One of the best things about camping and the outdoors is being able to enjoy a campfire in the evenings. It is relatively simple to build a campfire that will impress your friends, but you need to be aware of a few campfire basics before you strike that match.
Campgrounds have their own rules about campfires. Be sure you know what these rules are and that you abide by them. Check with the main office, or check-in point to make sure that campfires are allowed and what, if any, kind of regulations there are. If there is a fire pit at your site, it is probably fine to build a fire, but it is still safe conduct to know if there are specific burning times or not.
If you have the go ahead to have a campfire, you’ll need a few basic items to build a fire that will impress and delight your camping friends. First, you will need to have a chosen spot for the fire. If the camp ground has supplied a fire ring do not move it without permission. It has been placed where it is for a reason.
If there is no fire ring, look around for a low spot on the ground. Clear this area so that it is free of dried leaves and twigs. If there are rocks available from a creek, use some of them to make your own fire ring. A 4 foot by 4 foot area is plenty of room for an impressive fire.
Small limbs and twigs can be gathered from your campsite area. Larger wood to keep the fire going after you have started it will either have to be brought with you or purchased from the campground.
Convenience stores that are close to camping areas often sell campfire wood that is already split into pieces. Campgrounds sometimes sell it at the main office as well. Never break any limbs from a live tree to build your fire with. It harms the environment and the live wood will not burn anyway.
Use newspaper or paper towels as the bottom layer of your fire starter pyramid. Crumple the paper up into loose wads. Gather up as many small sticks and twigs as you can find around your area. Lean these small sticks and twigs onto the newspaper in a “teepee” design. Carefully light the newspaper in several different spots.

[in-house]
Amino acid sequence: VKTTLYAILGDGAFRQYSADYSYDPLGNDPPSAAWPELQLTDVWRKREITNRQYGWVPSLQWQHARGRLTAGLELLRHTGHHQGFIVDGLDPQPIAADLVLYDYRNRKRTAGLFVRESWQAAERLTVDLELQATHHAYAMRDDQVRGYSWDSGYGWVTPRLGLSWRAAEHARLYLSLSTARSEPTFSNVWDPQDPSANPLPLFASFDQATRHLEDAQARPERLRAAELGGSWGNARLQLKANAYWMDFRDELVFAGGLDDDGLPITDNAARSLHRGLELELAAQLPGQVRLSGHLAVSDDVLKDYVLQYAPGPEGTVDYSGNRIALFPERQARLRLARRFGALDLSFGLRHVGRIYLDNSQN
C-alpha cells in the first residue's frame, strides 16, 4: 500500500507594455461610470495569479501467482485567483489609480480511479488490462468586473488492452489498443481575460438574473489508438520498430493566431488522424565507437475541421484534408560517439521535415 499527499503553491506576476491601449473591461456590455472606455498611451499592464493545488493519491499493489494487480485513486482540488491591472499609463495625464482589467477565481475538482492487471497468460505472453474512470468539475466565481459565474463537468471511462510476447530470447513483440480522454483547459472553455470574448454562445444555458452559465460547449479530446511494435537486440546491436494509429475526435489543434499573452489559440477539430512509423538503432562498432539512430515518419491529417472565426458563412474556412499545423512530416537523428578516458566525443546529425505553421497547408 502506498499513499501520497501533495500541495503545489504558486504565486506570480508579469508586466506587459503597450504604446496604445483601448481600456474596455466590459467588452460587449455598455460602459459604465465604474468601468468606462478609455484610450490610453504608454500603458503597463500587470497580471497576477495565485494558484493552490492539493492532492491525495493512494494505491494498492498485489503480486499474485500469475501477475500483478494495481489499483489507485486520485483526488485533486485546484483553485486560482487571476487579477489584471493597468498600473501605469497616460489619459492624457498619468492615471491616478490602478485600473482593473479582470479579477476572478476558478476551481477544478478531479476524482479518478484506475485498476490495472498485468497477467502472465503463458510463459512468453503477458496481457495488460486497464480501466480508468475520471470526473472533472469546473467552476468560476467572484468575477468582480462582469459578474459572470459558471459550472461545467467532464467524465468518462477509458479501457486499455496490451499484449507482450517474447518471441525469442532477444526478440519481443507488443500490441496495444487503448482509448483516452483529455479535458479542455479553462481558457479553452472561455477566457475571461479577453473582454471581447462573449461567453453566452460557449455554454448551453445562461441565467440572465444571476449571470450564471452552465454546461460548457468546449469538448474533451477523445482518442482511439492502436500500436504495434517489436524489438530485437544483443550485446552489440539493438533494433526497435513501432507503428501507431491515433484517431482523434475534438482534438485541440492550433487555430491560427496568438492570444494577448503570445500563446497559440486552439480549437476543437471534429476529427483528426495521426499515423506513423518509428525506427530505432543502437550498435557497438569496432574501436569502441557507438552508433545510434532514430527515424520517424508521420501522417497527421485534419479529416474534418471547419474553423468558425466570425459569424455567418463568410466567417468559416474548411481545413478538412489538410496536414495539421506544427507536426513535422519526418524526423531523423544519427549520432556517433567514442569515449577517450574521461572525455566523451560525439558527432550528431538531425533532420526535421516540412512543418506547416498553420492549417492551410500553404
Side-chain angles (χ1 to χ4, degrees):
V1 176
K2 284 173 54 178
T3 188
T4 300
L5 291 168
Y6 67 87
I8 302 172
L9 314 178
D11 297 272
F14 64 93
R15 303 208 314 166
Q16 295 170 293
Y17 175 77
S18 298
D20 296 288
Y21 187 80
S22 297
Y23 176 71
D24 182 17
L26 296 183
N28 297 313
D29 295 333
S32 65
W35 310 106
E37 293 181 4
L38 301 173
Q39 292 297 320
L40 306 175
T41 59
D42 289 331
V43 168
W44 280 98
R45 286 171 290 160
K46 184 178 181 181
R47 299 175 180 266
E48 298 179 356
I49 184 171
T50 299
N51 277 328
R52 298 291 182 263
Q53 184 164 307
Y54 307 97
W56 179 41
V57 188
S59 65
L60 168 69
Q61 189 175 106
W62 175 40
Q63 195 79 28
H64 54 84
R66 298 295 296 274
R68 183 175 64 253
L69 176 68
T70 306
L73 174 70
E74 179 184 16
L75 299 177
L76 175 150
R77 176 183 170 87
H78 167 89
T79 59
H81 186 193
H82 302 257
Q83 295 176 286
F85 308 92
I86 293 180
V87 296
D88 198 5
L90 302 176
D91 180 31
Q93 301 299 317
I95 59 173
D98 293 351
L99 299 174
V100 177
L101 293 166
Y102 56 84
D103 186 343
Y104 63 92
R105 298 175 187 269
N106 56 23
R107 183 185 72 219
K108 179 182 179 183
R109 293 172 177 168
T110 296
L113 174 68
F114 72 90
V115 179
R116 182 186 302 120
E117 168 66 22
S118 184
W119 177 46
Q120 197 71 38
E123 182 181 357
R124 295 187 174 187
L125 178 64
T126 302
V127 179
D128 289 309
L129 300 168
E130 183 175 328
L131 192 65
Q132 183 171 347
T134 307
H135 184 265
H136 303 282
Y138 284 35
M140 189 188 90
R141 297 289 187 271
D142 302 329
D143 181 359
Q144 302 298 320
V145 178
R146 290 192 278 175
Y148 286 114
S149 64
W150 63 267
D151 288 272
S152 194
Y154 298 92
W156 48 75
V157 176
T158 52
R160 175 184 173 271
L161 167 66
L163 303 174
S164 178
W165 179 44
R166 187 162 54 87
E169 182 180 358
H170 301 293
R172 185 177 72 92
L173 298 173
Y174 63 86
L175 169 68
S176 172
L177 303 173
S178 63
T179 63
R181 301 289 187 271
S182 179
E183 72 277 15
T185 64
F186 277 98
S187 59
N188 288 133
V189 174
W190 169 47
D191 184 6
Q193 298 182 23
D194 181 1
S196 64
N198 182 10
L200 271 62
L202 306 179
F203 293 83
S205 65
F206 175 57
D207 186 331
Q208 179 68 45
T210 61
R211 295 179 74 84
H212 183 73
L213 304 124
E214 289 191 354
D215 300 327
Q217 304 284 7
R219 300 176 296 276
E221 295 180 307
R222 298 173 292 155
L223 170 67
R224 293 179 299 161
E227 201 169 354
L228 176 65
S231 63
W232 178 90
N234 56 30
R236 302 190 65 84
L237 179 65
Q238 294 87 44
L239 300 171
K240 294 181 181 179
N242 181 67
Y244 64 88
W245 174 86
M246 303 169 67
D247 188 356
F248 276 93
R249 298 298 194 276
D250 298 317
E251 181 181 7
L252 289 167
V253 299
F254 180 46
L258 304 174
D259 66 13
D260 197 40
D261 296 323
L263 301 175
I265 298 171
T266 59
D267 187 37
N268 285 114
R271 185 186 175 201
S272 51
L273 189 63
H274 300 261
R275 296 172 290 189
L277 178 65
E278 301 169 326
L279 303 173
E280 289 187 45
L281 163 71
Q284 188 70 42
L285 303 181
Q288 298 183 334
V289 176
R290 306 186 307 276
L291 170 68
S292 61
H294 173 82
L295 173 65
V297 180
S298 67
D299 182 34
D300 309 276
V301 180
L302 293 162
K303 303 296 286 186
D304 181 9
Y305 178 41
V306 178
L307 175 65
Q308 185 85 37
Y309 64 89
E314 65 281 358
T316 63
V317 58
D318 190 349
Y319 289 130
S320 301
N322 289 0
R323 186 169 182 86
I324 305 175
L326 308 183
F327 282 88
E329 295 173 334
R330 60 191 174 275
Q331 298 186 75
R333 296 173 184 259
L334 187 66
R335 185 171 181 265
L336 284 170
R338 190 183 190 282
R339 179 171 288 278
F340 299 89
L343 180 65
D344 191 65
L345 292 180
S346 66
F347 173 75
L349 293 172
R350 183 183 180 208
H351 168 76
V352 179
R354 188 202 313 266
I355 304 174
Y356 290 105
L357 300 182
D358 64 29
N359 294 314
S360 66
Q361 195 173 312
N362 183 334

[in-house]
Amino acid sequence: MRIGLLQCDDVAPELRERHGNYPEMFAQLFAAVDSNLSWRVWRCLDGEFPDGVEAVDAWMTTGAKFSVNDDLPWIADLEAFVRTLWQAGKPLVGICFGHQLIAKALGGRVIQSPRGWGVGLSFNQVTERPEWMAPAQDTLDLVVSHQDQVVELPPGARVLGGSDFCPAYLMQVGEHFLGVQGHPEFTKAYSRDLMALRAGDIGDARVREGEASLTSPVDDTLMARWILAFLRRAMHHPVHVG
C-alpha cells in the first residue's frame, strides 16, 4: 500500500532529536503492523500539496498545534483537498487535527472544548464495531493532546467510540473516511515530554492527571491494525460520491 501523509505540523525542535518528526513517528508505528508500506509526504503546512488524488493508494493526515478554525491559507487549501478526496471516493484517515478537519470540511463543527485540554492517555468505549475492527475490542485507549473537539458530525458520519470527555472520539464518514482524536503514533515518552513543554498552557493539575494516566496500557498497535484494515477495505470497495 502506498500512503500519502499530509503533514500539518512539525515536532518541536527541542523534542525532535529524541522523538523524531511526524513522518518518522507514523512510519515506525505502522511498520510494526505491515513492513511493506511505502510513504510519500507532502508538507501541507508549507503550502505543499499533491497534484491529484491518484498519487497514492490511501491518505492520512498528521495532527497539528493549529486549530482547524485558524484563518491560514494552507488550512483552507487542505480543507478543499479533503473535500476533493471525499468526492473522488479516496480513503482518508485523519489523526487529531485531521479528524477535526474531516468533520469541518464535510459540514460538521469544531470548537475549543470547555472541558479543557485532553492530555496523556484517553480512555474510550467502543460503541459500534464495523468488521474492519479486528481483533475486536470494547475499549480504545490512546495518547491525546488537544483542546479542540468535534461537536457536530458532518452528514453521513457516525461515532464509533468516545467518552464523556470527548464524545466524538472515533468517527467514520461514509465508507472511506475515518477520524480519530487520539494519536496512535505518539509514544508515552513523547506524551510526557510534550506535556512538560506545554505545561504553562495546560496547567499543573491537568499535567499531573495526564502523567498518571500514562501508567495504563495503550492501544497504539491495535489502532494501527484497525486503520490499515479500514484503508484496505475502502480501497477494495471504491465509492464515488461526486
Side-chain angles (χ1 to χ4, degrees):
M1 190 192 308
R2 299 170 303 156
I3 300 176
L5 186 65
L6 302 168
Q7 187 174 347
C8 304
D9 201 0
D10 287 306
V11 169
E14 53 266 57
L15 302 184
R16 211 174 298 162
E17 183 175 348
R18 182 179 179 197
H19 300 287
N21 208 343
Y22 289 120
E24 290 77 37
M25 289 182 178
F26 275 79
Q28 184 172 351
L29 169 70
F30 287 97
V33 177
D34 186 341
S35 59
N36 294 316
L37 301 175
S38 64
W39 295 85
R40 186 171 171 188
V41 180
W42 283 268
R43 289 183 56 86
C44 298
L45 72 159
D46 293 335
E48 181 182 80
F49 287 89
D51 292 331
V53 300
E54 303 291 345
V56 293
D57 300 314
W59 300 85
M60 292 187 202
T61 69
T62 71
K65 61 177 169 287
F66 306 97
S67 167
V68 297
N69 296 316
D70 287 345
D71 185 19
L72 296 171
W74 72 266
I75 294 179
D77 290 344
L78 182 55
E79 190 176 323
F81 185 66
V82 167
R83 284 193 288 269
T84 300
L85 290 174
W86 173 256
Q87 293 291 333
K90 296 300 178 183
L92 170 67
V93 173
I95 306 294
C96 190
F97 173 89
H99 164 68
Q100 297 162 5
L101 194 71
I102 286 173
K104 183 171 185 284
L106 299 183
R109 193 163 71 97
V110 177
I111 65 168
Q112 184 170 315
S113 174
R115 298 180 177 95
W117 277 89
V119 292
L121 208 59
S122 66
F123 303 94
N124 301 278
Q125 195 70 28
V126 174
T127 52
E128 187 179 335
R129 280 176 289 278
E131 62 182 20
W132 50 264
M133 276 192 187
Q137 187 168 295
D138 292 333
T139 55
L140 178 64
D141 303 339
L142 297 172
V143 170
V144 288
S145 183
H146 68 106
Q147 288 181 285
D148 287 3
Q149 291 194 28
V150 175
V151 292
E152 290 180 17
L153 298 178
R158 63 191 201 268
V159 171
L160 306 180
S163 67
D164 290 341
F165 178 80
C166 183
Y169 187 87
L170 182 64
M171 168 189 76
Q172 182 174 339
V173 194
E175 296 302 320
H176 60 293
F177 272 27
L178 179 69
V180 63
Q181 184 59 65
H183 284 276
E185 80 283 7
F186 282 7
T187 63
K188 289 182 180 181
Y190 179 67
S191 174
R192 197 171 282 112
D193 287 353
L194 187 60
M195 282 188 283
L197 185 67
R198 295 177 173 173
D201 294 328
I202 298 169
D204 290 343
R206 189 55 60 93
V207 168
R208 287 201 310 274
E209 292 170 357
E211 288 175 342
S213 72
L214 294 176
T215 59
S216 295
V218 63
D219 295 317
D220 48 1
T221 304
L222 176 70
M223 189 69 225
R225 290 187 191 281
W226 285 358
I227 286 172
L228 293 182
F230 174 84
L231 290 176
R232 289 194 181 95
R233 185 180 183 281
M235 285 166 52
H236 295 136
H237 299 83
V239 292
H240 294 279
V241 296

You will be able to hear the dry twigs snap and crackle as they start to burn. When you are assured that several of them are burning, add a few more twigs, starting with the smallest twigs and mixing in a few larger limbs as the fire starts to burn.
When the limbs and twigs have created a bed of hot red embers, add a couple of larger pieces of wood to the fire. Lay them gently across the other limbs so that air will be able to get in, under and around them. Tending to a campfire is a relaxing job, but should be taken seriously. Never leave the campfire unattended.
Feed the campfire often to keep it burning bright and hot. Using different sizes of wood will insure that the campfire continuously burns. Throw in a small piece of wood that will burn quickly followed by a larger piece that will continue to keep the flames going.
If you plan to roast hotdogs, the big chunks of wood will smolder and hold the heat while the smaller pieces will flare up with flames to cook the hotdog. Your friends will be impressed with your knowledge on campfires. You may also find yourself as the designated fire starter every time you camp.
Building an impressive fire is easy, but you must also remember the safety rules too. The hot embers will smolder for several hours. Be sure you watch the fire until it has safely died down. If you must leave the area, put the fire out completely by scooping dirt onto it, or by pouring water over it.
Be as considerate as you can of other campers that are in the area. Try to build, maintain and put out your fire in the least disturbing manner that you can. Other campers will not appreciate being smoked out if they are down wind of your fire.